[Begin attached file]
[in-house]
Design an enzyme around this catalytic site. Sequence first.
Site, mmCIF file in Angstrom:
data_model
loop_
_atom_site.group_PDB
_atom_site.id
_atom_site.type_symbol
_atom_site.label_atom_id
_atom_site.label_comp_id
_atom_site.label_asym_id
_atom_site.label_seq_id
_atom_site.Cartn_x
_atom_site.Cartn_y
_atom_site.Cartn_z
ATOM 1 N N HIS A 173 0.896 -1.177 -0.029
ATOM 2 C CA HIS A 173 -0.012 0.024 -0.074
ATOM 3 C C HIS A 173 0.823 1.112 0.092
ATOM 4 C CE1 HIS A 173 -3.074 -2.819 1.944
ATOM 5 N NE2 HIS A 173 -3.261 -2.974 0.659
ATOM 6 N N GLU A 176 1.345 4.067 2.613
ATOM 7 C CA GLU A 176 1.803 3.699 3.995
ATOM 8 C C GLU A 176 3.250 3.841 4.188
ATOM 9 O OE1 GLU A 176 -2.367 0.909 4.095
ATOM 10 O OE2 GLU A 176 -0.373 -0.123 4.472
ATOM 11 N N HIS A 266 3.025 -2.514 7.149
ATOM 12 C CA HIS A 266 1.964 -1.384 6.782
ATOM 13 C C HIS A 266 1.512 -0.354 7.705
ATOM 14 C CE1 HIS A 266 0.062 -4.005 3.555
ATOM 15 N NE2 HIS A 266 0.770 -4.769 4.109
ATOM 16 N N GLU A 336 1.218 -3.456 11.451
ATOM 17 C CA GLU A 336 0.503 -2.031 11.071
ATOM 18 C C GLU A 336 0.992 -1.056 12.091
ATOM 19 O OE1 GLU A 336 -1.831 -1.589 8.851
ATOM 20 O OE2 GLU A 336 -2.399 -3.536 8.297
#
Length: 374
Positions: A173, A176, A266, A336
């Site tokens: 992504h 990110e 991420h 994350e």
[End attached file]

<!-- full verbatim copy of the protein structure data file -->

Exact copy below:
[in-house]
Design an enzyme around this catalytic site. Sequence first.
Site, mmCIF file in Angstrom:
data_model
loop_
_atom_site.group_PDB
_atom_site.id
_atom_site.type_symbol
_atom_site.label_atom_id
_atom_site.label_comp_id
_atom_site.label_asym_id
_atom_site.label_seq_id
_atom_site.Cartn_x
_atom_site.Cartn_y
_atom_site.Cartn_z
ATOM 1 N N HIS A 173 0.896 -1.177 -0.029
ATOM 2 C CA HIS A 173 -0.012 0.024 -0.074
ATOM 3 C C HIS A 173 0.823 1.112 0.092
ATOM 4 C CE1 HIS A 173 -3.074 -2.819 1.944
ATOM 5 N NE2 HIS A 173 -3.261 -2.974 0.659
ATOM 6 N N GLU A 176 1.345 4.067 2.613
ATOM 7 C CA GLU A 176 1.803 3.699 3.995
ATOM 8 C C GLU A 176 3.250 3.841 4.188
ATOM 9 O OE1 GLU A 176 -2.367 0.909 4.095
ATOM 10 O OE2 GLU A 176 -0.373 -0.123 4.472
ATOM 11 N N HIS A 266 3.025 -2.514 7.149
ATOM 12 C CA HIS A 266 1.964 -1.384 6.782
ATOM 13 C C HIS A 266 1.512 -0.354 7.705
ATOM 14 C CE1 HIS A 266 0.062 -4.005 3.555
ATOM 15 N NE2 HIS A 266 0.770 -4.769 4.109
ATOM 16 N N GLU A 336 1.218 -3.456 11.451
ATOM 17 C CA GLU A 336 0.503 -2.031 11.071
ATOM 18 C C GLU A 336 0.992 -1.056 12.091
ATOM 19 O OE1 GLU A 336 -1.831 -1.589 8.851
ATOM 20 O OE2 GLU A 336 -2.399 -3.536 8.297
#
Length: 374
Positions: A173, A176, A266, A336
């Site tokens: 992504h 990110e 991420h 994350e």